Anti-Semitism still present, director says

By By Melissa Oveson

By Melissa Oveson

Although acts of violence against the Jewish community, such as the Holocaust, are well known historical events, anti-Semitism still occurs on a daily basis, according to several leaders in the Jewish community.

The Simon Wiesenthal Center, a Jewish human rights organization, brought its campus outreach program to a small group of students in the form of a film and discussion about the ever-present problems of anti-Semitism in Europe.

“This is an opportunity that an institution doesn’t see very often,” Laurence Loeb, an associate professor at the Anthropology Department, said on Jan. 29 as he introduced the film “Ever Again.” The film highlights the numerous anti-Semitic acts throughout France and London that took place in 2005. These acts included video about people laughing about Jewish deaths during the Holocaust, terrorist violence and verbal and physical abuse suffered by members of the Jewish community.

“We tend to think of anti-Semitism as historic, but it is still very present,” said Erik Ludwig, executive director of the United Jewish Federation of Utah, a Salt Lake City-based organization that provides humanitarian efforts to Jewish community members.

Celia Larson, a U graduate who now teaches Middle Eastern studies at the Da Vinci Academy of Science and Arts, a public high school in Ogden, gave her own account of the hatred in society. She talked about several Jewish students in her class who often criticize Muslims as well. Larson expressed the need for such materials as “Ever Again” for a high school audience. She said young, impressionable students should be fully educated about ongoing problems worldwide.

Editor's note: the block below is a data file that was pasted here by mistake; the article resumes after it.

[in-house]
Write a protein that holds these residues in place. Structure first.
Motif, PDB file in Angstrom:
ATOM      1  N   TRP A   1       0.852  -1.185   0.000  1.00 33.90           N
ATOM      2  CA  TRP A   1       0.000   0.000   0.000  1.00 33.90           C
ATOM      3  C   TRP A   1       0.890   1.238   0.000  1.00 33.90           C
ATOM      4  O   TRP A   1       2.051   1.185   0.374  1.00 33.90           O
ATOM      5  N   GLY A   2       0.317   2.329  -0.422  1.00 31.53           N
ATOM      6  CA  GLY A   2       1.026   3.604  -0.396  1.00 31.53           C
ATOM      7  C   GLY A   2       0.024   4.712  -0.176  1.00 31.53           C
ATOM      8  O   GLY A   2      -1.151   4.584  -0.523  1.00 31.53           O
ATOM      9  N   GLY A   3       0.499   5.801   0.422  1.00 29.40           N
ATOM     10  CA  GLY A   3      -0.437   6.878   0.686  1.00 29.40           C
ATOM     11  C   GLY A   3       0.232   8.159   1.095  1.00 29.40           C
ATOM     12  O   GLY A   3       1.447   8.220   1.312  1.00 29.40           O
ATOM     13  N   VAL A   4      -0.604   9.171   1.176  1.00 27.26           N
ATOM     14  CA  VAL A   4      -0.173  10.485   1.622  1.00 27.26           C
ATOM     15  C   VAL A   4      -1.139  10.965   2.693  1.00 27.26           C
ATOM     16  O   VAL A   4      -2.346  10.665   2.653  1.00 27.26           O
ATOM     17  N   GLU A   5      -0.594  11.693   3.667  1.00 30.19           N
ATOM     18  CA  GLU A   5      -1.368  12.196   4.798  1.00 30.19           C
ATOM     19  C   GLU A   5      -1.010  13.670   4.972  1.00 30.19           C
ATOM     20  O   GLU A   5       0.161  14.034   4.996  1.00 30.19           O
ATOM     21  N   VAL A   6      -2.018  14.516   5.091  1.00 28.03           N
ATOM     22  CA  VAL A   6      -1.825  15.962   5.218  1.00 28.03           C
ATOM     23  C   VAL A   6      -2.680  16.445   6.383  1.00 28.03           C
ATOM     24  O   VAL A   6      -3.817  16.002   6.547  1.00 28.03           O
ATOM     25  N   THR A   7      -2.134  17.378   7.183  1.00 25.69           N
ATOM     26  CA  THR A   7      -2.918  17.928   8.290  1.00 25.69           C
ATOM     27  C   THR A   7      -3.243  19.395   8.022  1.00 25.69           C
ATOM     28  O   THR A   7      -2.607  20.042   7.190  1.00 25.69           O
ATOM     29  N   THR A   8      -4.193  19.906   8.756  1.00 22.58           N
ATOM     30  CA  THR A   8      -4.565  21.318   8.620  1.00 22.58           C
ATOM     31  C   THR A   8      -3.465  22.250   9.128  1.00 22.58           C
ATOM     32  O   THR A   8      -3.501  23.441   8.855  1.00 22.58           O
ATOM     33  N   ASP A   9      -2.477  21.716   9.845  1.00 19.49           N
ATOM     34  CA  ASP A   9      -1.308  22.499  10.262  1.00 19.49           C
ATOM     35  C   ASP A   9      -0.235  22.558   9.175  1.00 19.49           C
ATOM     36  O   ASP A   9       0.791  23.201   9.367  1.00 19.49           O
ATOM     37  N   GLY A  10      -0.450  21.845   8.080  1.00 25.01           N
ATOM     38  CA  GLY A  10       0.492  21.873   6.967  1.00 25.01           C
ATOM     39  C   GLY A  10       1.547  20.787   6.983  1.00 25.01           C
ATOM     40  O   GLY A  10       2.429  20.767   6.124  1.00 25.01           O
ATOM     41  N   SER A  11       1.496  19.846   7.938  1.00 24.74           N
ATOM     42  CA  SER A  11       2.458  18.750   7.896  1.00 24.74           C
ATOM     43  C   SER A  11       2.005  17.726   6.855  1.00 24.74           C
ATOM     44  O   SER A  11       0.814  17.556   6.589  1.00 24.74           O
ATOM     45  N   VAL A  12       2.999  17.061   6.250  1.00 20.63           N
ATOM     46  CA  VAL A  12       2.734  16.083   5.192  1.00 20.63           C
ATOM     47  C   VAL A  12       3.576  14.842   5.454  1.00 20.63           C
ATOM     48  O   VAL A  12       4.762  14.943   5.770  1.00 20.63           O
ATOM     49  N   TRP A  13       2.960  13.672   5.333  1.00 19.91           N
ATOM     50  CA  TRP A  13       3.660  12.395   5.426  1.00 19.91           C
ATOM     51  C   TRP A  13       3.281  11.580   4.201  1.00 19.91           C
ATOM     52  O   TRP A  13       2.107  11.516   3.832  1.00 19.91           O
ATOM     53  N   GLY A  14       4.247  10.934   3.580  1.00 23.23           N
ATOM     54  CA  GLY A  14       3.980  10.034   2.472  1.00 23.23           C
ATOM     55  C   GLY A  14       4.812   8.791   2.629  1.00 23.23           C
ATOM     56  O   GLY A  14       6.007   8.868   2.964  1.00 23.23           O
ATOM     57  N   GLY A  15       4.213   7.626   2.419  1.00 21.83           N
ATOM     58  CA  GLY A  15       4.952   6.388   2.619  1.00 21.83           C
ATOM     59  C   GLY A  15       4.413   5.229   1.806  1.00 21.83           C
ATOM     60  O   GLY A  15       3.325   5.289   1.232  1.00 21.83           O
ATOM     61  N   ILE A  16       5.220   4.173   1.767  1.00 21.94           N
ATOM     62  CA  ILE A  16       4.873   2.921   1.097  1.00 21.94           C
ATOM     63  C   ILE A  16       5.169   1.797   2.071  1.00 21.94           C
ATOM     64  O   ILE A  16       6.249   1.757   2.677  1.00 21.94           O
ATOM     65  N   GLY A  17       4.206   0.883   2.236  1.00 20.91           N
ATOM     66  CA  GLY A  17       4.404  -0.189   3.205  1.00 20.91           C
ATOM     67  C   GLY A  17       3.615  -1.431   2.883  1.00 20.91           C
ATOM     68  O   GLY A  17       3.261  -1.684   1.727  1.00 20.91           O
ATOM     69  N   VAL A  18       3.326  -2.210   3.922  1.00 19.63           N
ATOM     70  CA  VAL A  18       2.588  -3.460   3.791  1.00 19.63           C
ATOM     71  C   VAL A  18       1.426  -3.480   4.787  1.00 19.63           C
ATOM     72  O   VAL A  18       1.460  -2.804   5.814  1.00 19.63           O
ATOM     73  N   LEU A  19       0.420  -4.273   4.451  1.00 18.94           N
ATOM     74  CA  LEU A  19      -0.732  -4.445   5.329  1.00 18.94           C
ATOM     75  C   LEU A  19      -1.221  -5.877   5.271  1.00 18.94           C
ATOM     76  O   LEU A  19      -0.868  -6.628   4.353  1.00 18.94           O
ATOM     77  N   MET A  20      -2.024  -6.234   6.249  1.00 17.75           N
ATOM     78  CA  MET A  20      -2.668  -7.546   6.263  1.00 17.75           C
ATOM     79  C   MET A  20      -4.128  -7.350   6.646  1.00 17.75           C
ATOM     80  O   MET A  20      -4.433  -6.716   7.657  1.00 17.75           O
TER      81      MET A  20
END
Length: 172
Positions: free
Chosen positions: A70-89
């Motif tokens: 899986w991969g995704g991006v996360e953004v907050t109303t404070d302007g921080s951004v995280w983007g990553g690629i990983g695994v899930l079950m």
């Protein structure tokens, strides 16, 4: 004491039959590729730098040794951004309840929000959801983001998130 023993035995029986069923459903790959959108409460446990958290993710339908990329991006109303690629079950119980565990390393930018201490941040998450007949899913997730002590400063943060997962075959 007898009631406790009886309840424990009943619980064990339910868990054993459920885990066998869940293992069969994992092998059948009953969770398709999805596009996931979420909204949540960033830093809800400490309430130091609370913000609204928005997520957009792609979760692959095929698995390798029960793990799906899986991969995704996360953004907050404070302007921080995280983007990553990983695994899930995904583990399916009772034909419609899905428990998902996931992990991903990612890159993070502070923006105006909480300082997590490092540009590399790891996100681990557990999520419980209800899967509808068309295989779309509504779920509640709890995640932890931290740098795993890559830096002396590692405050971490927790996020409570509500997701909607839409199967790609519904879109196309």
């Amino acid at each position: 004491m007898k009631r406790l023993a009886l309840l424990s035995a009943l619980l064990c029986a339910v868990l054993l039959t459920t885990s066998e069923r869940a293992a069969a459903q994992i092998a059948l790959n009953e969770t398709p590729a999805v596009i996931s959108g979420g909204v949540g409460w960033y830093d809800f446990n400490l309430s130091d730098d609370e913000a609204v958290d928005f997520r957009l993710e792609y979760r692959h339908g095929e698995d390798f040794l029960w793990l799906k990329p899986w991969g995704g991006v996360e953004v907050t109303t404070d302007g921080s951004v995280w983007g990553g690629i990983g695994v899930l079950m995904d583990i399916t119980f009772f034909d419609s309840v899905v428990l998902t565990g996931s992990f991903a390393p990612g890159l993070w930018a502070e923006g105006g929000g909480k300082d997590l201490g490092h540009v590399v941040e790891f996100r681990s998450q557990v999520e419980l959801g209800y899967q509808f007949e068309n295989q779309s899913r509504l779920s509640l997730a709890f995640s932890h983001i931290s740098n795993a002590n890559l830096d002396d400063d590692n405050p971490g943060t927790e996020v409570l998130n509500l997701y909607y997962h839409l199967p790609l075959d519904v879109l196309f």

Rabbi Aron Hier, director of the Simon Wiesenthal Center, said they chose the movie because it didn’t “sugarcoat hate.” The images in the film detailed anti-Semantic acts including Jewish graves covered in red graffiti of Nazi symbols, the injuries resulting from suicide bombers and images of the Holocaust. Other scenes also detailed various ceremonies in which Muslims celebrated the attacks of Sept. 11, calling the acts sweet revenge and plane hijackers “the magnificent 19.”

In the discussion after the film, students and panelists also discussed solutions to the acts of hatred in society.

“Find out what’s going on beyond the walls of campus to become more savvy,” Hier said. “That’s the first step.”

He also encouraged students to use the film as a wake-up call rather than a source for solutions.

Utah Attorney General, Mark Shurtleff, also attended to show his support and express his support of the group’s efforts to raise awareness of anti-Semitism. Shurtleff is involved in a program for high school students in Utah that teaches them to become education ambassadors on anti-Semitism. The program, The America-Israel Friendship League, follows a dozen 11th-graders of both Jewish and Islamic faith on a journey to Washington, D.C., and then to Israel in an effort to establish more ties between the two nations.

“People are forgetting,” Shurtleff said. “We need to care by becoming more educated on the issue. If we don’t get involved it could happen again.”

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